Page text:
Figure 1. MBAE retroviral construct used for tolerance studies.

Figure 1

MBAE retroviral construct used for tolerance studies. The vector is engineered with a murine IgG1 heavy chain cassette designed to carry a variety of antigens and peptides on its N terminus. The gene is driven by a β-Actin promoter. The retrovirus (more...)

Following those experiments, several questions arose, such as: which is more important to achieve tolerance, secretion or presentation of the IgG-peptide? Are B cells required to present or can any other APC lead to tolerance? What is the role of suppressive cytokines, such as IL-10? Does this tolerance follow the classic signal 1 — signal 2 activation model? If yes, is CTLA-4 involved or not? Can this system induce tolerance to primed animals, which would mimic an autoimmune patient with elevated titers of anti-self antibodies or primed T-cell clones? What are the roles of Fc receptors and the requirement for the Fc portion of the immunoglobulin in the construct? Can different modulators or activators of the immune system such as CD40, Flt3L or CpG sequences be used to activate the B cells and affect the outcome of tolerance? Finally, can this model be applied on animal models of known human autoimmune diseases?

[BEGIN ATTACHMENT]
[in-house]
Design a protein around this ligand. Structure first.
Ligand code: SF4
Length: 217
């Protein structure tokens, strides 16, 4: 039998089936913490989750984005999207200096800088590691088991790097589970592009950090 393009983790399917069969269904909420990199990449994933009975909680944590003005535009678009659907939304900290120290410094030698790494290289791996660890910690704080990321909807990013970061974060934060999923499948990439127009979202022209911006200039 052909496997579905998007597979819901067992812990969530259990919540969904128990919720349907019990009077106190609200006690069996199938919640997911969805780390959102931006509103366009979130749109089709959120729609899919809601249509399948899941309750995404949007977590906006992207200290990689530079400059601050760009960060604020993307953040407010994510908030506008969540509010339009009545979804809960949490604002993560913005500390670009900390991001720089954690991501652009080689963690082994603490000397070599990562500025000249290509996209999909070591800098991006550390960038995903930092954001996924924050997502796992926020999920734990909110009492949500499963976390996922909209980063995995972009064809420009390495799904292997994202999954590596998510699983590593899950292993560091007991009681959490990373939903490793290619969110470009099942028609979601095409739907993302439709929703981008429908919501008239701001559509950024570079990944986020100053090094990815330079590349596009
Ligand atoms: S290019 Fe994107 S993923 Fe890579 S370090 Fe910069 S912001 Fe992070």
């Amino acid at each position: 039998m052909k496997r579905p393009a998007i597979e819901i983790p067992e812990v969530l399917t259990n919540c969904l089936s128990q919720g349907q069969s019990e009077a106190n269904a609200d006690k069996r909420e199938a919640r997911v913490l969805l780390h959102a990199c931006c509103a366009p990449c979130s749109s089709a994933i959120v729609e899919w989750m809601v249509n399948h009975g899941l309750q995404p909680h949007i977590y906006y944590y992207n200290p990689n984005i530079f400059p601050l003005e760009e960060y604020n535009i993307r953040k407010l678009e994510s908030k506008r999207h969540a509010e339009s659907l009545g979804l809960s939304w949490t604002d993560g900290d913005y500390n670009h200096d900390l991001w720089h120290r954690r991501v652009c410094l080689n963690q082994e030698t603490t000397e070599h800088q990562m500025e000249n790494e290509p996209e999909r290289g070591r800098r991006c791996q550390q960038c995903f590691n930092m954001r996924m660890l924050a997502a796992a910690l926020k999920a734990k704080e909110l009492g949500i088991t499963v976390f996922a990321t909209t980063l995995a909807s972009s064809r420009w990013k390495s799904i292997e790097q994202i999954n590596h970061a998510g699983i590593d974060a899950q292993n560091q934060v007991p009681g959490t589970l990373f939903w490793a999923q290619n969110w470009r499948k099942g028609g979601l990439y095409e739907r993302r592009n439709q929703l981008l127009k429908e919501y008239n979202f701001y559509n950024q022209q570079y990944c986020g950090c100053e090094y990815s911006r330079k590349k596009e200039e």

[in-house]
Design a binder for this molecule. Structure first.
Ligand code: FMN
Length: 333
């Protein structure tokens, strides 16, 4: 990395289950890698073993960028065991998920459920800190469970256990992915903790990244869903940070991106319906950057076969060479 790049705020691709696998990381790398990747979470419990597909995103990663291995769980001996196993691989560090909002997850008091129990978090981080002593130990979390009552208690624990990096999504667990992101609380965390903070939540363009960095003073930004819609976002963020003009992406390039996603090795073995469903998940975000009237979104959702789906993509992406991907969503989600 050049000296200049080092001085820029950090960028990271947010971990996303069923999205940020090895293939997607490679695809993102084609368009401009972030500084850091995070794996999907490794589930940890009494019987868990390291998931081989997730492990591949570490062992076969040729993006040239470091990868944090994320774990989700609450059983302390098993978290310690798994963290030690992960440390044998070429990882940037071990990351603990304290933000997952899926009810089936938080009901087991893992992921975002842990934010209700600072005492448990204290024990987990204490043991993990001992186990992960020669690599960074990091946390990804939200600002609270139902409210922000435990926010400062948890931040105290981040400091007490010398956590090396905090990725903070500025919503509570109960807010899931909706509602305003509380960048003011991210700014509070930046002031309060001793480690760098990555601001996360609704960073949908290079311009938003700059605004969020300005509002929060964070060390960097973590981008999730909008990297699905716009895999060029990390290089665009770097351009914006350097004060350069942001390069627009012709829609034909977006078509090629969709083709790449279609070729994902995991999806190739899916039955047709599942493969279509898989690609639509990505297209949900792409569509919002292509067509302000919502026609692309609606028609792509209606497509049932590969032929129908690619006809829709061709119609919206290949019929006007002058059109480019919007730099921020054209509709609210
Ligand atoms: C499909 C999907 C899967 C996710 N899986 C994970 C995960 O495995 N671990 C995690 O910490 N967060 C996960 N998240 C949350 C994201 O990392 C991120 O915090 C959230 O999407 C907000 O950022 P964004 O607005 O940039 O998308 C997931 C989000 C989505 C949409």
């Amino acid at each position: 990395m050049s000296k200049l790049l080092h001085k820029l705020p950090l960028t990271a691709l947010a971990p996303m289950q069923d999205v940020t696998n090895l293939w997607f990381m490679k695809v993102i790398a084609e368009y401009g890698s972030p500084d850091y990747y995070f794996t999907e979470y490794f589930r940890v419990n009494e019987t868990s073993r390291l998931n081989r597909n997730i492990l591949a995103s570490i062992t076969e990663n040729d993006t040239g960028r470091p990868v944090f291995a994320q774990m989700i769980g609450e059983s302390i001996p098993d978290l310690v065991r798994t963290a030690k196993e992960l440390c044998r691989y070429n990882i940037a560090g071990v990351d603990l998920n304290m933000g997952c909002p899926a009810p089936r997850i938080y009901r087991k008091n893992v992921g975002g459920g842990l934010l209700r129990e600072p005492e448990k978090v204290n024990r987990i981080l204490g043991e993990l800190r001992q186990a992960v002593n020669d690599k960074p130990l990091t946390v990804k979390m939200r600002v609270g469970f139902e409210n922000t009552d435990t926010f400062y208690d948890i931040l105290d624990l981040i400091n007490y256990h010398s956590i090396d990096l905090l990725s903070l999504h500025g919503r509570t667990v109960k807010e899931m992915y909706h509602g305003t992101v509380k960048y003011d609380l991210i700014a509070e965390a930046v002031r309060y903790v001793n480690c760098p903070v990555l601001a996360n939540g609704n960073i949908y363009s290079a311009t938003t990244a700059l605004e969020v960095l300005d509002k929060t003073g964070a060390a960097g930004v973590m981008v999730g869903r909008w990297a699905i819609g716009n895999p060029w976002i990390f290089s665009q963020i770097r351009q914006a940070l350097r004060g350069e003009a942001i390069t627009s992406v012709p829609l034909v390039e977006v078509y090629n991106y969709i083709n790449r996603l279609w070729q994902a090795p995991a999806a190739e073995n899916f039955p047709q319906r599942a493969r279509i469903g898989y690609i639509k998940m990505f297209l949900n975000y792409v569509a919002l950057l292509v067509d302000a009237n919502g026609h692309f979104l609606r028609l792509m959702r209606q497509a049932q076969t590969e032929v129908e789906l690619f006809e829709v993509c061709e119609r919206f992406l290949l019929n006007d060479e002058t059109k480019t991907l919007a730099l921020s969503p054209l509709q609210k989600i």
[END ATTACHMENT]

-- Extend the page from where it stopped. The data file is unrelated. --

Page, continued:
Mechanism of Action

Role of the IgG Carrier, Fc Receptors, and MHC Class II in Tolerance